This week’s selection is “The Maker Magician’s Handbook: A Beginner’s Guide to Magic + Making” by Mario Marchese.
There are plenty of applications for 3D printing, but one that I’d never considered is the world of magic. Of course, I don’t mean “real” magic, I mean the tricks amateur and career magicians use to make their audiences feel that the magic is real.
Magicians use sleight of hand and performance to distract the audience from what’s really going on behind the scenes. If done well, it really does look like something magical occurred.
Sometimes there are mechanisms required to implement the “behind the scenes” actions of a magic trick. Normally these are done with common items like rubber bands, paper clips, and so on.
Magicians will invent tricks using such tools (or not) and refine their performance to make the magic happen.
But hold on, what if these magical tools could be made with a 3D printer? What if we looked at the magic world through the eyes of a maker? What if a magician could devise a trick that required an unusual tool? Such tools likely couldn’t be purchased, unless someone else previously invented the magic trick.
A unique magic trick is gold in the world of magic, as it could be traded to other magicians in exchange for other tricks. Having the ability to make unique tools for new tricks could be quite valuable for a magician.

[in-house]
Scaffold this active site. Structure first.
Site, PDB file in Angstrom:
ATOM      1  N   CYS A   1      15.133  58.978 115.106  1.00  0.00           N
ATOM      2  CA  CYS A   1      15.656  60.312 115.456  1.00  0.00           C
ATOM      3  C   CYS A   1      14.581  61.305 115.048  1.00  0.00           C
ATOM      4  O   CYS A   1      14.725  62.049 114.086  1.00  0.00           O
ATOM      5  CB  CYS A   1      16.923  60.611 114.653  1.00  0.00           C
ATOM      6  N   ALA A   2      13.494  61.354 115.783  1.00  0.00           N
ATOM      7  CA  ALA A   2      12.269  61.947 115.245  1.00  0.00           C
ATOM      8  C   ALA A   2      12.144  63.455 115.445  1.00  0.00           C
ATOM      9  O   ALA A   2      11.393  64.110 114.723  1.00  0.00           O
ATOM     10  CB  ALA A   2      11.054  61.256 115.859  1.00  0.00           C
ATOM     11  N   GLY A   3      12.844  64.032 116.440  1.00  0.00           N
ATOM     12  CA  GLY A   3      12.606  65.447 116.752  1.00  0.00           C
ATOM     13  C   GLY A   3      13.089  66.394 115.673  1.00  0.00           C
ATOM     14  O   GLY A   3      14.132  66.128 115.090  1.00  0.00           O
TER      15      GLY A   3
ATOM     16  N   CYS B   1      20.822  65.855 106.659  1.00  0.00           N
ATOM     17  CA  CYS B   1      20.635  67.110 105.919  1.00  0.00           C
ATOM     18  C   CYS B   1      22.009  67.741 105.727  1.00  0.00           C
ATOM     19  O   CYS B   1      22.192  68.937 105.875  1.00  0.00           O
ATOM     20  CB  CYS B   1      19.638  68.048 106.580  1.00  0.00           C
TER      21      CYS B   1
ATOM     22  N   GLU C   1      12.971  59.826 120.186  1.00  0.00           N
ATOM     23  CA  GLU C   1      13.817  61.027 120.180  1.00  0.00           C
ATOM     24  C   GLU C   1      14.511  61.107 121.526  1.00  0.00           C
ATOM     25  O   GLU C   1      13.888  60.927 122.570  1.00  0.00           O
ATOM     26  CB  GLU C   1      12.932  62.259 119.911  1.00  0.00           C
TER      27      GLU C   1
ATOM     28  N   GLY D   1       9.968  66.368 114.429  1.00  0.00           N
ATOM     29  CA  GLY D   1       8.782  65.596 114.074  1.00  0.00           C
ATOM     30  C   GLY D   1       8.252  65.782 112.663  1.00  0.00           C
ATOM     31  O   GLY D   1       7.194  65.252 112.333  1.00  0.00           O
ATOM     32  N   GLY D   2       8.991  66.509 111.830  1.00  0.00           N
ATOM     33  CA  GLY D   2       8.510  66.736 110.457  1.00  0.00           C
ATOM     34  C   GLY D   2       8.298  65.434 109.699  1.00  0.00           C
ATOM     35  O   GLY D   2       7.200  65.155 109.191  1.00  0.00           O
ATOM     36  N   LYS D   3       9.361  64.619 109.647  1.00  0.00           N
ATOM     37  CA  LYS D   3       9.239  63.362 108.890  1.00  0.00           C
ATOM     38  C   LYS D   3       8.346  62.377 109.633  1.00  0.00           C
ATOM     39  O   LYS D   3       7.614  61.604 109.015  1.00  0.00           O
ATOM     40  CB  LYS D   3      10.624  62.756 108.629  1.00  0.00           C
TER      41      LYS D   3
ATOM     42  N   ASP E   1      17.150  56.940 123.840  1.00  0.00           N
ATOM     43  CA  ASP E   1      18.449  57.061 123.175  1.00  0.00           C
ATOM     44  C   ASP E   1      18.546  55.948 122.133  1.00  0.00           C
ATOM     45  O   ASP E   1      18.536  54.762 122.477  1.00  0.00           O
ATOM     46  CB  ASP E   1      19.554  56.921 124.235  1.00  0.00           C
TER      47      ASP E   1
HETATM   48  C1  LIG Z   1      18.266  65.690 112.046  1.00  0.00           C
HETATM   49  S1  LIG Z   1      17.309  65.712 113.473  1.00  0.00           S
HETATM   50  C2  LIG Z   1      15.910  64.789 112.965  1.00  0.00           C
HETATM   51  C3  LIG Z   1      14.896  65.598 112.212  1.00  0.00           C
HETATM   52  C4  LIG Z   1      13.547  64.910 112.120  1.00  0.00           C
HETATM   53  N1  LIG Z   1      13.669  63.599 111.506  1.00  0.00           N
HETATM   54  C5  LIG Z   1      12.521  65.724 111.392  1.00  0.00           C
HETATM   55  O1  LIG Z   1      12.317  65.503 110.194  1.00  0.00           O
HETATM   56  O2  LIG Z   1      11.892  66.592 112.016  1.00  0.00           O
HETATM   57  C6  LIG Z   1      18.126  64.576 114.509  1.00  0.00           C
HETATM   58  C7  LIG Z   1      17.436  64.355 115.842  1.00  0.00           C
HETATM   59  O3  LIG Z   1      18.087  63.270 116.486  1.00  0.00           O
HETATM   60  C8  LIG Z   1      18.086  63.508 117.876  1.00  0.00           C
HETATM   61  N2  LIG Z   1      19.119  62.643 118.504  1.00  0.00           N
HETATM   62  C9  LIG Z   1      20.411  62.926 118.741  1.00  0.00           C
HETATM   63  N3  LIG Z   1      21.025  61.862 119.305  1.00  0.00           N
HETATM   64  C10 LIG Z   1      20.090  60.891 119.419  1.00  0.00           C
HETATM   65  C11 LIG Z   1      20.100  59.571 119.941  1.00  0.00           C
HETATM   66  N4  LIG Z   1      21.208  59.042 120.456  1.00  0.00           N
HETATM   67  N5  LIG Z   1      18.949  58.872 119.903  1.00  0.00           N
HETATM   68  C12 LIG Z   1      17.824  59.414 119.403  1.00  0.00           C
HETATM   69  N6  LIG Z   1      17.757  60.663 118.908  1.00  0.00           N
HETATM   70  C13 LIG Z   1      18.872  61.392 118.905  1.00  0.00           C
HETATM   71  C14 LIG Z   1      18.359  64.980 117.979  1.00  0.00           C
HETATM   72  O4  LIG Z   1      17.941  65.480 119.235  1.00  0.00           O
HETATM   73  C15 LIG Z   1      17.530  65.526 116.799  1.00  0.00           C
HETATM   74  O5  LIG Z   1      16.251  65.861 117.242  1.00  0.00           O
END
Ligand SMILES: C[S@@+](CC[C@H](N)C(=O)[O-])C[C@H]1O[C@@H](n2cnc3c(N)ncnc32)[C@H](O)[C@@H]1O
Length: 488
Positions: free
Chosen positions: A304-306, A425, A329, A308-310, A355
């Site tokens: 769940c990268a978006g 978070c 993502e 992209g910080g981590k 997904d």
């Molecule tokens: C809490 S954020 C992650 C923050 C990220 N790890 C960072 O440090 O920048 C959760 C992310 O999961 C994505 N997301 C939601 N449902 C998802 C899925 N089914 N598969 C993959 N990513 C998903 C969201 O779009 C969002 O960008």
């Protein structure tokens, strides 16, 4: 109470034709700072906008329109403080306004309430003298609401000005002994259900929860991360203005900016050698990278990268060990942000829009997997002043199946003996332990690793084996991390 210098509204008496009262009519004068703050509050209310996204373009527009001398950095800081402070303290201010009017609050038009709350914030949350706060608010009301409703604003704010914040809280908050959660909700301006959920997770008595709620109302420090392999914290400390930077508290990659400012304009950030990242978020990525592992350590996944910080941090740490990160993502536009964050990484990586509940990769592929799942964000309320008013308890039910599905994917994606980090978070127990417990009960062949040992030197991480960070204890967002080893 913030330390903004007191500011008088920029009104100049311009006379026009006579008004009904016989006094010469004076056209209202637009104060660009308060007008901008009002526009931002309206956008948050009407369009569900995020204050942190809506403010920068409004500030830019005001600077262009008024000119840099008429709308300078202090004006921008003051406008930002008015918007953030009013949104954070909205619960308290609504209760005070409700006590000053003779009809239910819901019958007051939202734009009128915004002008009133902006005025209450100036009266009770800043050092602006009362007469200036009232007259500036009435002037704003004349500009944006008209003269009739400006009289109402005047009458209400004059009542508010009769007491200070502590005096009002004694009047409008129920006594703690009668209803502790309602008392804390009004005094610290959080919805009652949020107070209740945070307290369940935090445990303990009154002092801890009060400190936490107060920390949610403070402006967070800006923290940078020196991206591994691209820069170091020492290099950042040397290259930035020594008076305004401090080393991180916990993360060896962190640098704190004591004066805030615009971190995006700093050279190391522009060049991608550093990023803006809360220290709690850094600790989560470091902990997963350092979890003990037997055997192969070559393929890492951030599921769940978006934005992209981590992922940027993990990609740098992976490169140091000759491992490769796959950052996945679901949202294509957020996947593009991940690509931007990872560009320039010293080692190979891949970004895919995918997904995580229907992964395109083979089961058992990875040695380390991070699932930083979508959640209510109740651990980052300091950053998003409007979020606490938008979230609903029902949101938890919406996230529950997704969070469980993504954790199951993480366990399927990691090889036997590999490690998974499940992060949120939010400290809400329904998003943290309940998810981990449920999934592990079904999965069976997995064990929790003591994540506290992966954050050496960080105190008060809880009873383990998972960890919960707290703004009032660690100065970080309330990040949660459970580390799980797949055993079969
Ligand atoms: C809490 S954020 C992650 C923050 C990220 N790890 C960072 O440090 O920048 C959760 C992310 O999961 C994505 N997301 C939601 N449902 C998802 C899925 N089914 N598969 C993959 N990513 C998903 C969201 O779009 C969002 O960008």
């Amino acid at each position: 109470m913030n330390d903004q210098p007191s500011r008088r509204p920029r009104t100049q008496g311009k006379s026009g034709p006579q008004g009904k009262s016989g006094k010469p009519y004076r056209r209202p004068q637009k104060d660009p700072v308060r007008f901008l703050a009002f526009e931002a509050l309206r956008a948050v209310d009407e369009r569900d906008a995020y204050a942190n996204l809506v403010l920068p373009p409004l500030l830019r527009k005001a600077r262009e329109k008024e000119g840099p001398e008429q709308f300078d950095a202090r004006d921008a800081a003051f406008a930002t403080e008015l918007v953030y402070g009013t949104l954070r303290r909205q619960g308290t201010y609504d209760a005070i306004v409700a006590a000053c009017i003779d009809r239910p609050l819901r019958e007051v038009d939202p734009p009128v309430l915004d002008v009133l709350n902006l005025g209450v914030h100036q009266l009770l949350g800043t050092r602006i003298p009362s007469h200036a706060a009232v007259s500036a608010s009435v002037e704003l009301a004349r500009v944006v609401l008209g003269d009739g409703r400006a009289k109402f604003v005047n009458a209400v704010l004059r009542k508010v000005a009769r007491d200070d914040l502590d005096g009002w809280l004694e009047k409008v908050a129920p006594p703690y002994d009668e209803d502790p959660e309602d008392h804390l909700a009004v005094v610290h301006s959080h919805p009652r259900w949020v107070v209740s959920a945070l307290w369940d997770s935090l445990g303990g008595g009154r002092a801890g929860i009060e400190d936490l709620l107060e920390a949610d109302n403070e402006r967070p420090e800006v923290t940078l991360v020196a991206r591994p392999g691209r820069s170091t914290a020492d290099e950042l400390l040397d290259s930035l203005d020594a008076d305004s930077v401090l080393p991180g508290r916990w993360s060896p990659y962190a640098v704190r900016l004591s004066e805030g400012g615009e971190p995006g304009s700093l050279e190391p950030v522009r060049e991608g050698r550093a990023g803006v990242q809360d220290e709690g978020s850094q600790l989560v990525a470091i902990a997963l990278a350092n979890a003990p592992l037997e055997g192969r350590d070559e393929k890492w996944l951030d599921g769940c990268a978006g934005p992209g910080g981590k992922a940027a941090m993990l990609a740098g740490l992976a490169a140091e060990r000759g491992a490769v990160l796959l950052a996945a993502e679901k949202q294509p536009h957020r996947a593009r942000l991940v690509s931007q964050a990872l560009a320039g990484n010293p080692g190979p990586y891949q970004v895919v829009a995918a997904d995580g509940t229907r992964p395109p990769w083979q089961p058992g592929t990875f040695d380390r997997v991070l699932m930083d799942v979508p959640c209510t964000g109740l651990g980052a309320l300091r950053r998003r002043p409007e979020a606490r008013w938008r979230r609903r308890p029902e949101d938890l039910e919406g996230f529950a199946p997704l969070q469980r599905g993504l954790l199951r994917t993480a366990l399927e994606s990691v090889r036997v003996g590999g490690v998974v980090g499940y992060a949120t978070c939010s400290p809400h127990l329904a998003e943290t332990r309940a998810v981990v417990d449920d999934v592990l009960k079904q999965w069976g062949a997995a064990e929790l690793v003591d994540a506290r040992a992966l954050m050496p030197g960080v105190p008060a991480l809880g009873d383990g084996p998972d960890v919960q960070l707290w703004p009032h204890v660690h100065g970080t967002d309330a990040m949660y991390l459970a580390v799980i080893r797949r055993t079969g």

This book shows how all this is done, and involves 3D printing: tools are designed using Tinkercad, a free and simple-to-use online CAD system from Autodesk. With the instructions in this book, any aspiring magician could quickly learn Tinkercad and begin designing their own magical tools.
There’s not a lot on the actual 3D printing part, as they suggest you can take the Tinkercad original designs to publicly available 3D printers in libraries, which is probably a good approach for magicians that aren’t constantly 3D printing parts.
The book is written by Mario Marchese, who just happens to be a US-based magician who performs one-man magic theater. He explains:
“When I first dreamed of becoming a professional magician, a mentor told me that if I could master just seven routines of magic, I could make a lifetime career for myself. Seven.
That’s such a small number. You don’t need to know everything to be great. But over time I learned the real lesson: It’s never about the tricks … it’s always about you. Your story will be what makes you stand out. The more you express your excitement for your interests in life, the more everyone will be excited with you!”
If you or someone you know is into magic, then this book just might open up a whole new world of magical possibilities.
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